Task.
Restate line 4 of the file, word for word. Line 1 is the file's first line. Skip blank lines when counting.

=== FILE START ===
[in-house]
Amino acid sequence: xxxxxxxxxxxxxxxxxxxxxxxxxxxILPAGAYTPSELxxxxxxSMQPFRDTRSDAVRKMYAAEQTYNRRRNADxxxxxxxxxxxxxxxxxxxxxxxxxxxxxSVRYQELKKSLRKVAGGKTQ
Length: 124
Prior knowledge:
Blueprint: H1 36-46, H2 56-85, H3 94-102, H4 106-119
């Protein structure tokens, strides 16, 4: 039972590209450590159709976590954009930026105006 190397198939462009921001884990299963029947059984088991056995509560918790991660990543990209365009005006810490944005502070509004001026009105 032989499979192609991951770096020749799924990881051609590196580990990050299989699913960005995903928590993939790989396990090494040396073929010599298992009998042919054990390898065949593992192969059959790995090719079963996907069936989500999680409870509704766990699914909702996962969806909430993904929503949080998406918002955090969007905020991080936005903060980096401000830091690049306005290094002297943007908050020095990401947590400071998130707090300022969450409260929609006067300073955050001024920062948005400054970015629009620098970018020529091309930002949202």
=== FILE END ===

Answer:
Prior knowledge: